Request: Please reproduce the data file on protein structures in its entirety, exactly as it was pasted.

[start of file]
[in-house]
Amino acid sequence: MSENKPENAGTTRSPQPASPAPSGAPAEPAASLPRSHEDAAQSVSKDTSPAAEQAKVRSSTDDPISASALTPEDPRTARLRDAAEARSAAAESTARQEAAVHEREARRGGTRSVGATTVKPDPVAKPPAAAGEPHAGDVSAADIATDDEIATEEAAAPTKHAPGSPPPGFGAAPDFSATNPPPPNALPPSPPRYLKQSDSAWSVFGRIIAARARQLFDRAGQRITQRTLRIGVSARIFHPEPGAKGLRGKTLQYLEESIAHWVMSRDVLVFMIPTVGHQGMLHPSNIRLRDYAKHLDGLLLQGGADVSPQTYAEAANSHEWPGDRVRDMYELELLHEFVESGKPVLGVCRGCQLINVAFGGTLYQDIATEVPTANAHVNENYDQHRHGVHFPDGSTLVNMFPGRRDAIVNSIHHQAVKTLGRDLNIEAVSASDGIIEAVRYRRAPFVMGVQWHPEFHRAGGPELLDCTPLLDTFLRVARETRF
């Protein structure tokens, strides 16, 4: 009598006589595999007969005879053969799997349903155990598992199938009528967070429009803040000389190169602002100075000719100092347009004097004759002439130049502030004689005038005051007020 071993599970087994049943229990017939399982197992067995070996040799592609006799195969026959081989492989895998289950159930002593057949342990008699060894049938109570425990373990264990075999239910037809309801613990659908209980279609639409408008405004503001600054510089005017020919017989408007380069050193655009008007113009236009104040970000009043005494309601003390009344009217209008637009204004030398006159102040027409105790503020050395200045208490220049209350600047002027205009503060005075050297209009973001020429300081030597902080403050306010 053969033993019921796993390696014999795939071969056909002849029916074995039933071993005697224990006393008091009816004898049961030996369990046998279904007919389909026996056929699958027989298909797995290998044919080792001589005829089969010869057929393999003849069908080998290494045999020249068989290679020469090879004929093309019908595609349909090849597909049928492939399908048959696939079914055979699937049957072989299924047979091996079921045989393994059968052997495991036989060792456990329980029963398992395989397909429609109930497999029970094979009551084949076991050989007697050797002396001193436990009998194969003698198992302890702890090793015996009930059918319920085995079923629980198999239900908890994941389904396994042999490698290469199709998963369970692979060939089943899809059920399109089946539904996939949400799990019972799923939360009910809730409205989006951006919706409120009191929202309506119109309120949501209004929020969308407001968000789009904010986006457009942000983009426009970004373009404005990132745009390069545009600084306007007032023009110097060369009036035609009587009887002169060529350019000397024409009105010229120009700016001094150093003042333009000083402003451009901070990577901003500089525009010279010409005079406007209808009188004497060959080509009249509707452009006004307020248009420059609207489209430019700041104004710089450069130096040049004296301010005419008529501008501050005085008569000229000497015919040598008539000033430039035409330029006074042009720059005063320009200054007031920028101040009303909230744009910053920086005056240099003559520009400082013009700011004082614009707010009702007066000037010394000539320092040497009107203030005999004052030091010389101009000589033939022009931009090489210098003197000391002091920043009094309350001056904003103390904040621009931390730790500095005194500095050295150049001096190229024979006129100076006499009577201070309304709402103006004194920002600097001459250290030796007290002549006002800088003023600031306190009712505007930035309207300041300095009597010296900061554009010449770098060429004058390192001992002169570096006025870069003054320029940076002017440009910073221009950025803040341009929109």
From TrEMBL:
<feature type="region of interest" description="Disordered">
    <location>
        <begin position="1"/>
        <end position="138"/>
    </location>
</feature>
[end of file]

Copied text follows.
[in-house]
Amino acid sequence: MSENKPENAGTTRSPQPASPAPSGAPAEPAASLPRSHEDAAQSVSKDTSPAAEQAKVRSSTDDPISASALTPEDPRTARLRDAAEARSAAAESTARQEAAVHEREARRGGTRSVGATTVKPDPVAKPPAAAGEPHAGDVSAADIATDDEIATEEAAAPTKHAPGSPPPGFGAAPDFSATNPPPPNALPPSPPRYLKQSDSAWSVFGRIIAARARQLFDRAGQRITQRTLRIGVSARIFHPEPGAKGLRGKTLQYLEESIAHWVMSRDVLVFMIPTVGHQGMLHPSNIRLRDYAKHLDGLLLQGGADVSPQTYAEAANSHEWPGDRVRDMYELELLHEFVESGKPVLGVCRGCQLINVAFGGTLYQDIATEVPTANAHVNENYDQHRHGVHFPDGSTLVNMFPGRRDAIVNSIHHQAVKTLGRDLNIEAVSASDGIIEAVRYRRAPFVMGVQWHPEFHRAGGPELLDCTPLLDTFLRVARETRF
């Protein structure tokens, strides 16, 4: 009598006589595999007969005879053969799997349903155990598992199938009528967070429009803040000389190169602002100075000719100092347009004097004759002439130049502030004689005038005051007020 071993599970087994049943229990017939399982197992067995070996040799592609006799195969026959081989492989895998289950159930002593057949342990008699060894049938109570425990373990264990075999239910037809309801613990659908209980279609639409408008405004503001600054510089005017020919017989408007380069050193655009008007113009236009104040970000009043005494309601003390009344009217209008637009204004030398006159102040027409105790503020050395200045208490220049209350600047002027205009503060005075050297209009973001020429300081030597902080403050306010 053969033993019921796993390696014999795939071969056909002849029916074995039933071993005697224990006393008091009816004898049961030996369990046998279904007919389909026996056929699958027989298909797995290998044919080792001589005829089969010869057929393999003849069908080998290494045999020249068989290679020469090879004929093309019908595609349909090849597909049928492939399908048959696939079914055979699937049957072989299924047979091996079921045989393994059968052997495991036989060792456990329980029963398992395989397909429609109930497999029970094979009551084949076991050989007697050797002396001193436990009998194969003698198992302890702890090793015996009930059918319920085995079923629980198999239900908890994941389904396994042999490698290469199709998963369970692979060939089943899809059920399109089946539904996939949400799990019972799923939360009910809730409205989006951006919706409120009191929202309506119109309120949501209004929020969308407001968000789009904010986006457009942000983009426009970004373009404005990132745009390069545009600084306007007032023009110097060369009036035609009587009887002169060529350019000397024409009105010229120009700016001094150093003042333009000083402003451009901070990577901003500089525009010279010409005079406007209808009188004497060959080509009249509707452009006004307020248009420059609207489209430019700041104004710089450069130096040049004296301010005419008529501008501050005085008569000229000497015919040598008539000033430039035409330029006074042009720059005063320009200054007031920028101040009303909230744009910053920086005056240099003559520009400082013009700011004082614009707010009702007066000037010394000539320092040497009107203030005999004052030091010389101009000589033939022009931009090489210098003197000391002091920043009094309350001056904003103390904040621009931390730790500095005194500095050295150049001096190229024979006129100076006499009577201070309304709402103006004194920002600097001459250290030796007290002549006002800088003023600031306190009712505007930035309207300041300095009597010296900061554009010449770098060429004058390192001992002169570096006025870069003054320029940076002017440009910073221009950025803040341009929109």
From TrEMBL:
<feature type="region of interest" description="Disordered">
    <location>
        <begin position="1"/>
        <end position="138"/>
    </location>
</feature>